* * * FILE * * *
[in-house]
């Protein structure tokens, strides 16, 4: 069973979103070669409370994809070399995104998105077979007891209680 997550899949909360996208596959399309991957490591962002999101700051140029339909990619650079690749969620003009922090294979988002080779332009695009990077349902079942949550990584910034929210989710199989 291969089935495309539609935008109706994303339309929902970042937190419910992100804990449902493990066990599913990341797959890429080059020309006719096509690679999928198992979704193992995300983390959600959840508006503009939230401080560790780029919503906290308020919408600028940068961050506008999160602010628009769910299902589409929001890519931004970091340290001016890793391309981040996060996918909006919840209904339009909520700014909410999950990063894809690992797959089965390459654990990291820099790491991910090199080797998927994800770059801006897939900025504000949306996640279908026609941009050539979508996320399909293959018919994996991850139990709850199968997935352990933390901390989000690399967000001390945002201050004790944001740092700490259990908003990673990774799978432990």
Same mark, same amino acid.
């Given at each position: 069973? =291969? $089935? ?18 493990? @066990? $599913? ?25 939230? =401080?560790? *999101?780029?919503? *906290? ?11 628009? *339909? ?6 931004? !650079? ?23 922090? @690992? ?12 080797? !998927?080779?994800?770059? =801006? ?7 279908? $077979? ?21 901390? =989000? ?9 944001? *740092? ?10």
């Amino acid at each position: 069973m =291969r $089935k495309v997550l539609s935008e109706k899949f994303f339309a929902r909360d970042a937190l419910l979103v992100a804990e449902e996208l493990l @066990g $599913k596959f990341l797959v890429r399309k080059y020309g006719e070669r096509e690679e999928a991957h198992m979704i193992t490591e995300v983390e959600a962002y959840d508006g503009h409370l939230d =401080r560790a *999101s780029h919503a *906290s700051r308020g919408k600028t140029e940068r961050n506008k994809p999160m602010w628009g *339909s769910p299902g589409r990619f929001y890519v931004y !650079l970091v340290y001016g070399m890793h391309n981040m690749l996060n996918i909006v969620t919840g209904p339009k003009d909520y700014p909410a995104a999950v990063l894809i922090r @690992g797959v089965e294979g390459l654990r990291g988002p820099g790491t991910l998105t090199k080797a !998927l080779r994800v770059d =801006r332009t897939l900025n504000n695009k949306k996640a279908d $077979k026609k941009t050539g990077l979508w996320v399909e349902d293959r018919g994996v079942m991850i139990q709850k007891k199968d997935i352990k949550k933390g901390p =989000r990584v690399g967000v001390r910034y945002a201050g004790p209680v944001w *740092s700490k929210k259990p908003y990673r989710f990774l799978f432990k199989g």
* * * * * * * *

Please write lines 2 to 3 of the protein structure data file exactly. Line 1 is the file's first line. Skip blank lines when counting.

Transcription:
């Protein structure tokens, strides 16, 4: 069973979103070669409370994809070399995104998105077979007891209680 997550899949909360996208596959399309991957490591962002999101700051140029339909990619650079690749969620003009922090294979988002080779332009695009990077349902079942949550990584910034929210989710199989 291969089935495309539609935008109706994303339309929902970042937190419910992100804990449902493990066990599913990341797959890429080059020309006719096509690679999928198992979704193992995300983390959600959840508006503009939230401080560790780029919503906290308020919408600028940068961050506008999160602010628009769910299902589409929001890519931004970091340290001016890793391309981040996060996918909006919840209904339009909520700014909410999950990063894809690992797959089965390459654990990291820099790491991910090199080797998927994800770059801006897939900025504000949306996640279908026609941009050539979508996320399909293959018919994996991850139990709850199968997935352990933390901390989000690399967000001390945002201050004790944001740092700490259990908003990673990774799978432990």
Same mark, same amino acid.